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Association of sustained virologic response with reduced progression to liver cirrhosis in elderly patients with chronic hepatitis C

Authors Tseng CW, Chang TT, Tzeng SJ, Hsieh YH, Hung TH, Huang HT, Wu SF, Tseng KC

Received 27 September 2015

Accepted for publication 8 January 2016

Published 17 March 2016 Volume 2016:11 Pages 327—334

DOI https://doi.org/10.2147/CIA.S97242

Checked for plagiarism Yes

Review by Single-blind

Peer reviewers approved by Dr Supriya Swarnkar

Peer reviewer comments 3

Editor who approved publication: Professor Zhi-Ying Wu

Chih-Wei Tseng,1,2 Ting-Tsung Chang,3,4 Shinn-Jia Tzeng,5 Yu-Hsi Hsieh,1,2 Tsung-Hsing Hung,1,2 Hsiang-Ting Huang,6 Shu-Fen Wu,7 Kuo-Chih Tseng1,2

1Department of Internal Medicine, Dalin Tzu Chi Hospital, Buddhist Tzu Chi Medical Foundation, Chia-Yi, 2School of Medicine, Tzuchi University, Hualien, 3Department of Internal Medicine, National Cheng Kung University Medical College and Hospital, 4Infectious Disease and Signaling Research Center, National Cheng Kung University, Tainan, 5Department of Agronomy, National Chiayi University, 6Department of Nursing, Dalin Tzu Chi Hospital, Buddhist Tzu Chi Medical Foundation, 7Institute of Molecular Biology, National Chung Cheng University, Chia-Yi, Taiwan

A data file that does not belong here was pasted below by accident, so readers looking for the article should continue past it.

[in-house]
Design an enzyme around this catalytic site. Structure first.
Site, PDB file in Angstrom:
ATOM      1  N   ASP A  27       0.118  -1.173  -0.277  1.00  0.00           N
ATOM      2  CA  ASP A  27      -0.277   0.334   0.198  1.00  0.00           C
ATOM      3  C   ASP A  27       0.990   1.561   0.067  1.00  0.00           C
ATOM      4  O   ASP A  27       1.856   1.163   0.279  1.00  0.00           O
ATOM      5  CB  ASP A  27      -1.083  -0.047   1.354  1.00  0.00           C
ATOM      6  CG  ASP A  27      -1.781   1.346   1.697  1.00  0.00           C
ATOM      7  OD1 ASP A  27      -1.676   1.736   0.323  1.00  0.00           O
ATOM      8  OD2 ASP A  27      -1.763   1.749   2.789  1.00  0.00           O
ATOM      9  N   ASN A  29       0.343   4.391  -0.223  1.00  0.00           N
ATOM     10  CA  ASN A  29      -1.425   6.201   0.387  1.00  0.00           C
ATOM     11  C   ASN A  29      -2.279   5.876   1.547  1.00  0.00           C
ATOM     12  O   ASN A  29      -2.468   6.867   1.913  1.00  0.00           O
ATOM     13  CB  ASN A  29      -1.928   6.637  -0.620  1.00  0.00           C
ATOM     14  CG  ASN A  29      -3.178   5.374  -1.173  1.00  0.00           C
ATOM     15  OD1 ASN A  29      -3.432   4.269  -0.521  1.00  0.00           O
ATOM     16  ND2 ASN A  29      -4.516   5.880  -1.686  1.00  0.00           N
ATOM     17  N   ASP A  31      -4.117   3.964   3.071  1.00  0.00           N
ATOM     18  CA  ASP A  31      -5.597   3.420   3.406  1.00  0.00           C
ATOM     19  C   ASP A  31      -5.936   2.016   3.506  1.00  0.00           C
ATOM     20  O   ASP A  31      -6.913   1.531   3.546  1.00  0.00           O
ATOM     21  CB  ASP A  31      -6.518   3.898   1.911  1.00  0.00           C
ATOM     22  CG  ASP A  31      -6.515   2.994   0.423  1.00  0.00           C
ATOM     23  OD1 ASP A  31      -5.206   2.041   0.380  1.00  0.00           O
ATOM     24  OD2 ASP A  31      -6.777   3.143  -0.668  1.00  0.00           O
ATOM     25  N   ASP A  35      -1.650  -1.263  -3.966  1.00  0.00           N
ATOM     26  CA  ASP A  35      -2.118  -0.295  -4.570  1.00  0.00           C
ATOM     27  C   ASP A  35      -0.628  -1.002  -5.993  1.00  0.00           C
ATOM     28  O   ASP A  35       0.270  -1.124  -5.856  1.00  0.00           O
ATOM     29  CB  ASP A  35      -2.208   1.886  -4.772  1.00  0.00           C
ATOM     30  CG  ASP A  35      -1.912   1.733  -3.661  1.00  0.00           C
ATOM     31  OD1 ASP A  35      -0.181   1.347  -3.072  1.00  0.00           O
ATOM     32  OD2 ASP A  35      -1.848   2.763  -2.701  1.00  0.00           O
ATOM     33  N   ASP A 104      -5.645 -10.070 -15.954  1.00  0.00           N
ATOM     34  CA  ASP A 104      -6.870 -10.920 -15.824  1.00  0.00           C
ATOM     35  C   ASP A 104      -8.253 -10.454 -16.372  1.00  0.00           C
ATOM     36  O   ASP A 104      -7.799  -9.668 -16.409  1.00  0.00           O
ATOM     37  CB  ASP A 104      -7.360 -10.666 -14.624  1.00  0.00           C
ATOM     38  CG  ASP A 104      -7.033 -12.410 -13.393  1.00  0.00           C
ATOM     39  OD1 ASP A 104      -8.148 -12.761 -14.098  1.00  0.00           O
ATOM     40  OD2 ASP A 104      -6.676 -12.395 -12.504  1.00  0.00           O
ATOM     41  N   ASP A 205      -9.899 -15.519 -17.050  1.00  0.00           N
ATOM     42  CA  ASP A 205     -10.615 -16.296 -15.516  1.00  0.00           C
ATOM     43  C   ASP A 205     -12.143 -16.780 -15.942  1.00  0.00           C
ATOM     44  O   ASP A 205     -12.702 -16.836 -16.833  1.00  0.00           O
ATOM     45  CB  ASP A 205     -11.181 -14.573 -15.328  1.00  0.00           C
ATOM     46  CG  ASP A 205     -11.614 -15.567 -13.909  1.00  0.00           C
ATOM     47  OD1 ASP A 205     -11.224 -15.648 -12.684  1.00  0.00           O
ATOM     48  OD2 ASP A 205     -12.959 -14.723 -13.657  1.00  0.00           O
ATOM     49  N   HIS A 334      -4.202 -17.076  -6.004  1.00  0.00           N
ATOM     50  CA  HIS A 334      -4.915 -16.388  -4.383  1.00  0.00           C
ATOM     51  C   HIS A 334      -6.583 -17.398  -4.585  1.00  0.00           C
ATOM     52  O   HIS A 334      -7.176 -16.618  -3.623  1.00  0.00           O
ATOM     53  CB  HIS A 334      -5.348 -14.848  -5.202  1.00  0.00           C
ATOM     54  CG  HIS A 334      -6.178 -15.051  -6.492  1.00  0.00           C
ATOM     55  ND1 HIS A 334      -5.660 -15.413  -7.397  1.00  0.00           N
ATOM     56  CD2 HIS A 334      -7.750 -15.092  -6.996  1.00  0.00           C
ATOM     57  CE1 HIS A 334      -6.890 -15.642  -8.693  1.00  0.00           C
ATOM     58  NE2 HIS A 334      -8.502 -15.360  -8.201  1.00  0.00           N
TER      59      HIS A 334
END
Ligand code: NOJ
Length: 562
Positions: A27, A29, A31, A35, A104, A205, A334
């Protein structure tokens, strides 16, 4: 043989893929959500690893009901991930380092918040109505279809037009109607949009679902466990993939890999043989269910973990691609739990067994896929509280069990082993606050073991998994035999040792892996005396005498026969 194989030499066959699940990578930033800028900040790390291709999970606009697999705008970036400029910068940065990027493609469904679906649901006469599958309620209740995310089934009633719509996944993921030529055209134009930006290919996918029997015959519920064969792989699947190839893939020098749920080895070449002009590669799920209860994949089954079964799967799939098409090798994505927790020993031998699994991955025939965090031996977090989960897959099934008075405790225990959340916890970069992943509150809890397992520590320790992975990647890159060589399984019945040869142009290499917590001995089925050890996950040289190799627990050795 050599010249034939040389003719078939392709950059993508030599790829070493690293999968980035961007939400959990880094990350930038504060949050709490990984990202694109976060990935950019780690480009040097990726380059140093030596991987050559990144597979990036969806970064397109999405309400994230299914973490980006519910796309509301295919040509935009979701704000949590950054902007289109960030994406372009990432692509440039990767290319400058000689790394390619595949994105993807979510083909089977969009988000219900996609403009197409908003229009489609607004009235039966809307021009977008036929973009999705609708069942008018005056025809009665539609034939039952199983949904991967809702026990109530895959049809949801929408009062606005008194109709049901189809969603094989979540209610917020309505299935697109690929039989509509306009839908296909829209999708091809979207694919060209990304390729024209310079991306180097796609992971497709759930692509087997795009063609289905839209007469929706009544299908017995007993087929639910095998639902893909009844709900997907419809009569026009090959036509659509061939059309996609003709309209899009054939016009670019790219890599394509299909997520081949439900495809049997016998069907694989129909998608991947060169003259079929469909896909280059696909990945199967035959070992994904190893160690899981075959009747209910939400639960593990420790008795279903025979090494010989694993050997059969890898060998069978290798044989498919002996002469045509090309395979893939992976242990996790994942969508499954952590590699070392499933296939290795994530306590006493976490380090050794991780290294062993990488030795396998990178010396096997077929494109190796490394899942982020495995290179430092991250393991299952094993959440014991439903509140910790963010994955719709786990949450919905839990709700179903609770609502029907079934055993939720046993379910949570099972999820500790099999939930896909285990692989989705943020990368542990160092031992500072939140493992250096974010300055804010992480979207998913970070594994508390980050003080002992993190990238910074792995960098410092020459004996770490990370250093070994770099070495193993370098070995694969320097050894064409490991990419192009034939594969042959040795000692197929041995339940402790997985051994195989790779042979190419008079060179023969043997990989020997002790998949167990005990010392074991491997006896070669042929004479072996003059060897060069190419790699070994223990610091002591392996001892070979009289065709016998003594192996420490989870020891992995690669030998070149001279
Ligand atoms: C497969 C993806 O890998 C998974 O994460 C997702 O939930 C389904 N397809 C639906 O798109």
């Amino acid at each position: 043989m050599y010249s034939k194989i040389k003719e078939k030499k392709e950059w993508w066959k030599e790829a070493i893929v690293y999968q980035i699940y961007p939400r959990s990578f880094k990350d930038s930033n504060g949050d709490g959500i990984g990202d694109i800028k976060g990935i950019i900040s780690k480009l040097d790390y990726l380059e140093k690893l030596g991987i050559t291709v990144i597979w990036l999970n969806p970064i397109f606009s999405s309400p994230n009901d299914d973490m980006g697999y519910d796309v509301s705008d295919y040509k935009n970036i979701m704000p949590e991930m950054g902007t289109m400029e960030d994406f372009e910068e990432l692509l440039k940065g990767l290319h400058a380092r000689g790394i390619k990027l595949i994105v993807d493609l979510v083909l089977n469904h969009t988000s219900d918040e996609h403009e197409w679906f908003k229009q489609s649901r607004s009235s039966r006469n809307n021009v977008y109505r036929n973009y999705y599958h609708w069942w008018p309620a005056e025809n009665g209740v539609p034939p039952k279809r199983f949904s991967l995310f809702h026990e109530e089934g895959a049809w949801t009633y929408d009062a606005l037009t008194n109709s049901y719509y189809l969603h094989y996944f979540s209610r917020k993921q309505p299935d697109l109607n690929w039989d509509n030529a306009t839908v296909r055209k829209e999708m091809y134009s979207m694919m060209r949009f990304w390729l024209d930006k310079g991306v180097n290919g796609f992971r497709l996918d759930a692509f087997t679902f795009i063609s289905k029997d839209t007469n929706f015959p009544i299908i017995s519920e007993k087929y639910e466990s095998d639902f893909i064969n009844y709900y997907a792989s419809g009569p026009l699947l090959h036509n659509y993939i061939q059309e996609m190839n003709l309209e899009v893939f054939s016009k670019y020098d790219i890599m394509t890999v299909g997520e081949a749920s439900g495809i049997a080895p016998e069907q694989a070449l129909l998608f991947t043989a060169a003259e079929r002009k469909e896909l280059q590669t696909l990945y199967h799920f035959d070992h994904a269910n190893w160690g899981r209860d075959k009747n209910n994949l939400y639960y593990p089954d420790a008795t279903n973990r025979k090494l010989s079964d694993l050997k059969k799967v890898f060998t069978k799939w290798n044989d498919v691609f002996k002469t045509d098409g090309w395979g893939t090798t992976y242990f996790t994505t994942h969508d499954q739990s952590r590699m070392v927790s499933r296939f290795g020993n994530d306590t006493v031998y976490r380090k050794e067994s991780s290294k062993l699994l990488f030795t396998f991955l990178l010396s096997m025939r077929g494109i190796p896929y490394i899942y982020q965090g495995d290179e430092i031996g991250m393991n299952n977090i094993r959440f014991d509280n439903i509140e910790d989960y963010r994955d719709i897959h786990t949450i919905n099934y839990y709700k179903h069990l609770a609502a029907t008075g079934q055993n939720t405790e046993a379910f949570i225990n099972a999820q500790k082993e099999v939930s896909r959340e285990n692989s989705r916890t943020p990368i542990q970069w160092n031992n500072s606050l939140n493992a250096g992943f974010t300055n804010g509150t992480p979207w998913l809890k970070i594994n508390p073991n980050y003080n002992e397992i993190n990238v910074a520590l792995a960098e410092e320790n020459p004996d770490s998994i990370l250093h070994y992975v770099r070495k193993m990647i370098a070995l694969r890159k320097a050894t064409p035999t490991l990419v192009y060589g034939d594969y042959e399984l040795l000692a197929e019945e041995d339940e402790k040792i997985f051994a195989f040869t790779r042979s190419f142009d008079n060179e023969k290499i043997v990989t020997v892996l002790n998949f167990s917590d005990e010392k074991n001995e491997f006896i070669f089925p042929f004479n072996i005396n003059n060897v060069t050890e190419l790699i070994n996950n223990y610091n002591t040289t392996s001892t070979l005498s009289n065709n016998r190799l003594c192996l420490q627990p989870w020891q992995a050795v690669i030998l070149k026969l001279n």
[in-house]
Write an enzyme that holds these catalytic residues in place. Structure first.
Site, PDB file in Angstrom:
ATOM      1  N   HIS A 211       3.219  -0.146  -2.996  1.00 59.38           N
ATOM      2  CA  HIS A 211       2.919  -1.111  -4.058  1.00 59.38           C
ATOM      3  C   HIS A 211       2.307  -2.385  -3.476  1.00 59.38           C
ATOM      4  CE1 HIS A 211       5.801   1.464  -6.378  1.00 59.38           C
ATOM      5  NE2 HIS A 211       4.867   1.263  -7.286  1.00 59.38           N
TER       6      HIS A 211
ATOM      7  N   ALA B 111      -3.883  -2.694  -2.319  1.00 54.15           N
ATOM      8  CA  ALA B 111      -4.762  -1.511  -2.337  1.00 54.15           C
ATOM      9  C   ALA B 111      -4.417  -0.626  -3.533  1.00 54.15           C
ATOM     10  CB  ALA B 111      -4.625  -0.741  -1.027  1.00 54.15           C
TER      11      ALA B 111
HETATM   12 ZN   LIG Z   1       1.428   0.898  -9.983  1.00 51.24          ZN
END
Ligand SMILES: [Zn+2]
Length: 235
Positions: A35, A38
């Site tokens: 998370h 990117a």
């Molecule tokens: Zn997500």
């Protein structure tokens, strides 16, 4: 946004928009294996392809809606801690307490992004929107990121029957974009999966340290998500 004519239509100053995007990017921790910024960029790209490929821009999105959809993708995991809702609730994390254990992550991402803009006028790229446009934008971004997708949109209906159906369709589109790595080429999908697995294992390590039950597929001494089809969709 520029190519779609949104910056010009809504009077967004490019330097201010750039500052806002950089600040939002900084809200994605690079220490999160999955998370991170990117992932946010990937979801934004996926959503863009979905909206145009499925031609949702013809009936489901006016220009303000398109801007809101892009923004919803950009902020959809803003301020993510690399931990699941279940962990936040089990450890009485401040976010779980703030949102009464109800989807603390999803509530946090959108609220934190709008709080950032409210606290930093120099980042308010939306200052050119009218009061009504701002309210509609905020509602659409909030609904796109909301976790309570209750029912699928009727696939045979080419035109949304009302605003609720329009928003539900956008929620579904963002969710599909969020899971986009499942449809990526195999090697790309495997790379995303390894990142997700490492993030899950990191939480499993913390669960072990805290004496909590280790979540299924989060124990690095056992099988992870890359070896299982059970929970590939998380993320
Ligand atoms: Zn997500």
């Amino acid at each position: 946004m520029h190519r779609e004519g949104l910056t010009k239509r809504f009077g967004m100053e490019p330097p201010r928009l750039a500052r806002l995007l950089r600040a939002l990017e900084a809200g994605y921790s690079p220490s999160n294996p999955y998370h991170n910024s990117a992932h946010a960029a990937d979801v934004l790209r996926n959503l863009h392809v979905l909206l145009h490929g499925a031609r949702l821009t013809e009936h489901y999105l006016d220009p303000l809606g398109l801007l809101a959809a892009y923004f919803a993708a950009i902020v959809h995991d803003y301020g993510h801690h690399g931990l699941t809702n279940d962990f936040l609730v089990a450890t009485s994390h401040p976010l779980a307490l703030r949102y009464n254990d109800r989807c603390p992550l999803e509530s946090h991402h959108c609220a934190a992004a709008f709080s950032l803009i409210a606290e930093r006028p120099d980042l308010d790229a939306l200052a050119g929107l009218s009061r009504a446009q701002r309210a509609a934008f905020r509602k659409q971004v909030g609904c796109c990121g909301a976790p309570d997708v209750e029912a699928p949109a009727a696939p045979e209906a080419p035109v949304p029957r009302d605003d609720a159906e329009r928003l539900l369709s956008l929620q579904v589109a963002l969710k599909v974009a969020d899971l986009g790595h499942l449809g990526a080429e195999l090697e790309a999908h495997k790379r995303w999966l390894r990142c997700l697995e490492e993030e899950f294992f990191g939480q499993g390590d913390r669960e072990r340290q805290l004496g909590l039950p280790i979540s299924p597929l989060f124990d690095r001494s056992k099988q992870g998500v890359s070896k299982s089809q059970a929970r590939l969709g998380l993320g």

Objective: We studied the effect of sustained virologic response (SVR) after treatment with pegylated-interferon (PEG-IFN) plus ribavirin on the development of liver cirrhosis in elderly patients with chronic hepatitis C (CHC).
Patients and methods: This retrospective study enrolled 145 elderly CHC patients (aged ≥65 years) who were treatment-naïve and were treated with PEG-IFN plus ribavirin for 6 months between January 2005 and December 2011. Abdominal sonography was performed and liver biochemistry was studied at baseline, at the end of treatment, and every 3–6 months thereafter. The development of liver cirrhosis and related complications was evaluated at the follow-ups. The aspartate aminotransferase-to-platelet ratio index was used as a noninvasive maker for fibrosis.
Results: The mean patient age was 69.1±3.3 years, and the average follow-up time was 5.5 years (standard deviation: 2.5 years, range: 1.1–12.3 years). Ninety-five patients (65.5%) achieved SVR, and 26 (17.9%) discontinued treatment. Twenty-seven patients (18.6%) developed liver cirrhosis after treatment. Patients without SVR had significantly greater risk of liver cirrhosis than those with SVR (hazard ratio [HR]: 3.39, 95% confidence interval [CI]: 1.312–8.761, P=0.012). The difference in 3-year cumulative incidence of liver cirrhosis was 24.8% greater for patients without SVR (35.2%, 95% CI: 13.0–57.5, P=0.012) compared with those with SVR (10.4%, 95% CI: 3.1–17.7). There was a trend of a higher baseline aspartate aminotransferase-to-platelet ratio index score in patients who progressed to liver cirrhosis compared with those who did not progress (2.1±1.2 vs 1.6±1.3, P=0.055), but the difference failed to reach significance by Cox regression (adjusted HR: 1.285, 95% CI: 0.921–1.791, P=0.14).
Conclusion: An SVR following PEG-IFN combination treatment can reduce the risk of liver cirrhosis in elderly CHC patients.

Keywords: hepatitis C, sustained virologic response, pegylated interferon, ribavirin, liver cirrhosis

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